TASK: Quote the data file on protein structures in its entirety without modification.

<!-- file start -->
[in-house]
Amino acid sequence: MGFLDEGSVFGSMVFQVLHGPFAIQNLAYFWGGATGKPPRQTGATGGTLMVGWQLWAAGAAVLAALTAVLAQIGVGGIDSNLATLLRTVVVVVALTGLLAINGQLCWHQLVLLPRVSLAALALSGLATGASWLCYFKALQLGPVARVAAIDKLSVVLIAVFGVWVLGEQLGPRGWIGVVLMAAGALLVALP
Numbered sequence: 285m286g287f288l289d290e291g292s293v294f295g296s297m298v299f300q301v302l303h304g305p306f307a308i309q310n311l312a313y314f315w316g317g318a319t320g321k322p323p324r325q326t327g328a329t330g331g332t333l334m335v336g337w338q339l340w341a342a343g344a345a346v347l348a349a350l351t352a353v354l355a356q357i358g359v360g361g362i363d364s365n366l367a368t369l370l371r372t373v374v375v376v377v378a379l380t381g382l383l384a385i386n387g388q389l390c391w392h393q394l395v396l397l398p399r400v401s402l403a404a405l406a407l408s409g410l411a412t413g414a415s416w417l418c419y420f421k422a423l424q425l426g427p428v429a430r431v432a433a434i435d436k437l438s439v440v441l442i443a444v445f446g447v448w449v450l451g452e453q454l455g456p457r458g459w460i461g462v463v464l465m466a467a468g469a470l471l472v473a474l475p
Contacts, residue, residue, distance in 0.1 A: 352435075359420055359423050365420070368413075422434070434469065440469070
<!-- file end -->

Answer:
[in-house]
Amino acid sequence: MGFLDEGSVFGSMVFQVLHGPFAIQNLAYFWGGATGKPPRQTGATGGTLMVGWQLWAAGAAVLAALTAVLAQIGVGGIDSNLATLLRTVVVVVALTGLLAINGQLCWHQLVLLPRVSLAALALSGLATGASWLCYFKALQLGPVARVAAIDKLSVVLIAVFGVWVLGEQLGPRGWIGVVLMAAGALLVALP
Numbered sequence: 285m286g287f288l289d290e291g292s293v294f295g296s297m298v299f300q301v302l303h304g305p306f307a308i309q310n311l312a313y314f315w316g317g318a319t320g321k322p323p324r325q326t327g328a329t330g331g332t333l334m335v336g337w338q339l340w341a342a343g344a345a346v347l348a349a350l351t352a353v354l355a356q357i358g359v360g361g362i363d364s365n366l367a368t369l370l371r372t373v374v375v376v377v378a379l380t381g382l383l384a385i386n387g388q389l390c391w392h393q394l395v396l397l398p399r400v401s402l403a404a405l406a407l408s409g410l411a412t413g414a415s416w417l418c419y420f421k422a423l424q425l426g427p428v429a430r431v432a433a434i435d436k437l438s439v440v441l442i443a444v445f446g447v448w449v450l451g452e453q454l455g456p457r458g459w460i461g462v463v464l465m466a467a468g469a470l471l472v473a474l475p
Contacts, residue, residue, distance in 0.1 A: 352435075359420055359423050365420070368413075422434070434469065440469070